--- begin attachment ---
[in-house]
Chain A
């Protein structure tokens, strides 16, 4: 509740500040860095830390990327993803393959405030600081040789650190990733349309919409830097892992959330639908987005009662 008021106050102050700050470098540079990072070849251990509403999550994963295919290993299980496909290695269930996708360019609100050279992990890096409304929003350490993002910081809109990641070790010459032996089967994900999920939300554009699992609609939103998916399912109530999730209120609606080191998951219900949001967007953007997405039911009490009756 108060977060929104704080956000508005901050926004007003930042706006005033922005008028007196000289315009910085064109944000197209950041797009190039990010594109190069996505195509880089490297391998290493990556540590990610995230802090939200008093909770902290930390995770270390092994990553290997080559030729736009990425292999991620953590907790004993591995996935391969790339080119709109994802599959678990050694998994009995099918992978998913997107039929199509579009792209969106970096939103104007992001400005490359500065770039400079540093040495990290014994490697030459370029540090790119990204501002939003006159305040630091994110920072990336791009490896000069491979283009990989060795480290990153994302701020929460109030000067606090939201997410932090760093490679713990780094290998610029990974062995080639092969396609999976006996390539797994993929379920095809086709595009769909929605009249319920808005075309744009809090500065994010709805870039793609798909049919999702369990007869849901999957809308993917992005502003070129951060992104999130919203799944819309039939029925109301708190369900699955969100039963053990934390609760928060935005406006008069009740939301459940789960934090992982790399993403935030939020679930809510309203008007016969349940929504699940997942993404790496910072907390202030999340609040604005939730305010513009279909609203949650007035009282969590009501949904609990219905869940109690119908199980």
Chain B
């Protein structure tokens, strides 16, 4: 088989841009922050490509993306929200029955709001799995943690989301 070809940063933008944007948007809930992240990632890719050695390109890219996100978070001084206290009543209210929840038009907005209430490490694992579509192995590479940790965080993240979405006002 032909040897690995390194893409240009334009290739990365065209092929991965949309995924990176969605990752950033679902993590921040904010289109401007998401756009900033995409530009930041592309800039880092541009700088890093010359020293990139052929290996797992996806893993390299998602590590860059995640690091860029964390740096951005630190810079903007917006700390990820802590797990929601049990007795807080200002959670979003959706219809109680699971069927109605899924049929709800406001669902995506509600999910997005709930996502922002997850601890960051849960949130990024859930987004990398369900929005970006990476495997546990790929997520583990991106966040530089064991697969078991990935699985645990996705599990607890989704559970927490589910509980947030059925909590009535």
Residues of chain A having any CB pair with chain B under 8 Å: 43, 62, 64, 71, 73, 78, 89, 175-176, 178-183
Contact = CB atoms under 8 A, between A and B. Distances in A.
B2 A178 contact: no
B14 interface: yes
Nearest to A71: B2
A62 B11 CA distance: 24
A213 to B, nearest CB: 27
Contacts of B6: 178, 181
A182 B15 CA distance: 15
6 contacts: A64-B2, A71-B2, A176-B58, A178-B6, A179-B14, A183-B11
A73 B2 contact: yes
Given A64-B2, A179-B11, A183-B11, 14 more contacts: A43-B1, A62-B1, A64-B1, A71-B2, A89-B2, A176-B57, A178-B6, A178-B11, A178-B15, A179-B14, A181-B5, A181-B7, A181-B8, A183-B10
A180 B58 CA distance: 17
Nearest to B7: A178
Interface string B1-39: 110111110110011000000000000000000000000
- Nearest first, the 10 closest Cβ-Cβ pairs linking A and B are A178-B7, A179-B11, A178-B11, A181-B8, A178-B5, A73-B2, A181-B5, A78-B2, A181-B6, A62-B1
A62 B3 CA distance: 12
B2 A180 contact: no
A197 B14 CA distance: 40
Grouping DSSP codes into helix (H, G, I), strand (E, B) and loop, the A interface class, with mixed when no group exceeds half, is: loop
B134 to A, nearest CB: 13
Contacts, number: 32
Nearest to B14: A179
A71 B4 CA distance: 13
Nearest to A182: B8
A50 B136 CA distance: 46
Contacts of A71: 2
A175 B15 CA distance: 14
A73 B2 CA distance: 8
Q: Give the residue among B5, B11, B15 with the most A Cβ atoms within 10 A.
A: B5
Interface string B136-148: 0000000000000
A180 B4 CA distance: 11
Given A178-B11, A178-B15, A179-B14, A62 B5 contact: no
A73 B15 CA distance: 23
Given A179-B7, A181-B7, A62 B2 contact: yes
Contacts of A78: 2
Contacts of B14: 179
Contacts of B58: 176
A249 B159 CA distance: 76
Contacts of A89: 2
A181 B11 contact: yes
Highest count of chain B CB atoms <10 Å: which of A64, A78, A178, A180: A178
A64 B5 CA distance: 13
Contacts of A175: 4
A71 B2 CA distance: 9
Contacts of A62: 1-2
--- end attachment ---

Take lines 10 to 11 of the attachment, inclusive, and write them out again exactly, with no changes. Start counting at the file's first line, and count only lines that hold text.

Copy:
Nearest to A71: B2
A62 B11 CA distance: 24